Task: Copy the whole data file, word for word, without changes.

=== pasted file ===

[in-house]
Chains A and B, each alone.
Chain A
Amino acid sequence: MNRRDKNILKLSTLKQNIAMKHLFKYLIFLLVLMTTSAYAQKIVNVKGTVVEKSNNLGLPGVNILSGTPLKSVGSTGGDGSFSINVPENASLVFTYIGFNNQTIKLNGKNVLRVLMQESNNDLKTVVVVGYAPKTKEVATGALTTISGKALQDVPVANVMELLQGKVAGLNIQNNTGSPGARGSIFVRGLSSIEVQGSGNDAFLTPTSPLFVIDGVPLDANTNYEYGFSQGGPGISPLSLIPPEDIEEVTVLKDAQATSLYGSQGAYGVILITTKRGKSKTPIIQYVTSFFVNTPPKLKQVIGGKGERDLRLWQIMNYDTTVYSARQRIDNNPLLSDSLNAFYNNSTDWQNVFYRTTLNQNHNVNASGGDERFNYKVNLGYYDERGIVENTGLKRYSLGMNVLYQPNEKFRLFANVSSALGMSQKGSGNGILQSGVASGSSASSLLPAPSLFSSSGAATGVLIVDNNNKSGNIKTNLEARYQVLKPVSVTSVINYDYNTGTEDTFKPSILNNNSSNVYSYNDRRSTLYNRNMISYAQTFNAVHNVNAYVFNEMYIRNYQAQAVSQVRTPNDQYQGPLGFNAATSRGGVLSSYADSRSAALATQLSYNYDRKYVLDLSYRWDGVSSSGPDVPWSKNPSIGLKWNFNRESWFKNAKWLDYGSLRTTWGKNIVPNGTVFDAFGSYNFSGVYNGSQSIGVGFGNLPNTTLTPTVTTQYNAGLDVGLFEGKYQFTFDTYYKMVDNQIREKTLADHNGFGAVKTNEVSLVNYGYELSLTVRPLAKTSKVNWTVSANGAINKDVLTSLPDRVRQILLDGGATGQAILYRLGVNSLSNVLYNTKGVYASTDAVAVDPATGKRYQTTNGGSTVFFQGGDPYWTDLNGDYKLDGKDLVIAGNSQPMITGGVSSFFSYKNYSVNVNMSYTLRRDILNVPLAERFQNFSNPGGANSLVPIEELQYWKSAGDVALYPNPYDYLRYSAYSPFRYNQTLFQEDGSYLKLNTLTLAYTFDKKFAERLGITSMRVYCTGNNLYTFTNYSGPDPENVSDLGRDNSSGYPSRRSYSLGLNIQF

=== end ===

[in-house]
Chains A and B, each alone.
Chain A
Amino acid sequence: MNRRDKNILKLSTLKQNIAMKHLFKYLIFLLVLMTTSAYAQKIVNVKGTVVEKSNNLGLPGVNILSGTPLKSVGSTGGDGSFSINVPENASLVFTYIGFNNQTIKLNGKNVLRVLMQESNNDLKTVVVVGYAPKTKEVATGALTTISGKALQDVPVANVMELLQGKVAGLNIQNNTGSPGARGSIFVRGLSSIEVQGSGNDAFLTPTSPLFVIDGVPLDANTNYEYGFSQGGPGISPLSLIPPEDIEEVTVLKDAQATSLYGSQGAYGVILITTKRGKSKTPIIQYVTSFFVNTPPKLKQVIGGKGERDLRLWQIMNYDTTVYSARQRIDNNPLLSDSLNAFYNNSTDWQNVFYRTTLNQNHNVNASGGDERFNYKVNLGYYDERGIVENTGLKRYSLGMNVLYQPNEKFRLFANVSSALGMSQKGSGNGILQSGVASGSSASSLLPAPSLFSSSGAATGVLIVDNNNKSGNIKTNLEARYQVLKPVSVTSVINYDYNTGTEDTFKPSILNNNSSNVYSYNDRRSTLYNRNMISYAQTFNAVHNVNAYVFNEMYIRNYQAQAVSQVRTPNDQYQGPLGFNAATSRGGVLSSYADSRSAALATQLSYNYDRKYVLDLSYRWDGVSSSGPDVPWSKNPSIGLKWNFNRESWFKNAKWLDYGSLRTTWGKNIVPNGTVFDAFGSYNFSGVYNGSQSIGVGFGNLPNTTLTPTVTTQYNAGLDVGLFEGKYQFTFDTYYKMVDNQIREKTLADHNGFGAVKTNEVSLVNYGYELSLTVRPLAKTSKVNWTVSANGAINKDVLTSLPDRVRQILLDGGATGQAILYRLGVNSLSNVLYNTKGVYASTDAVAVDPATGKRYQTTNGGSTVFFQGGDPYWTDLNGDYKLDGKDLVIAGNSQPMITGGVSSFFSYKNYSVNVNMSYTLRRDILNVPLAERFQNFSNPGGANSLVPIEELQYWKSAGDVALYPNPYDYLRYSAYSPFRYNQTLFQEDGSYLKLNTLTLAYTFDKKFAERLGITSMRVYCTGNNLYTFTNYSGPDPENVSDLGRDNSSGYPSRRSYSLGLNIQF